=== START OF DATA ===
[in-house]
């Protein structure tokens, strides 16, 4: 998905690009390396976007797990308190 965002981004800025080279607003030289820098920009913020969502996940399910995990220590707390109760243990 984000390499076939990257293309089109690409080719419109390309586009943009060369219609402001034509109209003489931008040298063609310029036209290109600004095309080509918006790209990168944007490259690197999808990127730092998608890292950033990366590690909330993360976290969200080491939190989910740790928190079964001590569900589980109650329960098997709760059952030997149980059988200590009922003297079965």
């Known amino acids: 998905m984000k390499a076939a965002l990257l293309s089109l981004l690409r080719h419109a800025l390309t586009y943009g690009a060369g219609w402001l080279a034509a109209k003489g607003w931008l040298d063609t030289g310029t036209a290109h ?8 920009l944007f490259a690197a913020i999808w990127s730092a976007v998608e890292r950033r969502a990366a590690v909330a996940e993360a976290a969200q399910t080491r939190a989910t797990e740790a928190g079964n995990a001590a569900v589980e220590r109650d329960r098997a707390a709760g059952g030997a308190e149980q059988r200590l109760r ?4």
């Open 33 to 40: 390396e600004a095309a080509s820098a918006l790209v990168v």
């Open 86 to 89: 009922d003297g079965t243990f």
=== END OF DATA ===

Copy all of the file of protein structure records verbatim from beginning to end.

[in-house]
């Protein structure tokens, strides 16, 4: 998905690009390396976007797990308190 965002981004800025080279607003030289820098920009913020969502996940399910995990220590707390109760243990 984000390499076939990257293309089109690409080719419109390309586009943009060369219609402001034509109209003489931008040298063609310029036209290109600004095309080509918006790209990168944007490259690197999808990127730092998608890292950033990366590690909330993360976290969200080491939190989910740790928190079964001590569900589980109650329960098997709760059952030997149980059988200590009922003297079965």
């Known amino acids: 998905m984000k390499a076939a965002l990257l293309s089109l981004l690409r080719h419109a800025l390309t586009y943009g690009a060369g219609w402001l080279a034509a109209k003489g607003w931008l040298d063609t030289g310029t036209a290109h ?8 920009l944007f490259a690197a913020i999808w990127s730092a976007v998608e890292r950033r969502a990366a590690v909330a996940e993360a976290a969200q399910t080491r939190a989910t797990e740790a928190g079964n995990a001590a569900v589980e220590r109650d329960r098997a707390a709760g059952g030997a308190e149980q059988r200590l109760r ?4």
């Open 33 to 40: 390396e600004a095309a080509s820098a918006l790209v990168v």
């Open 86 to 89: 009922d003297g079965t243990f």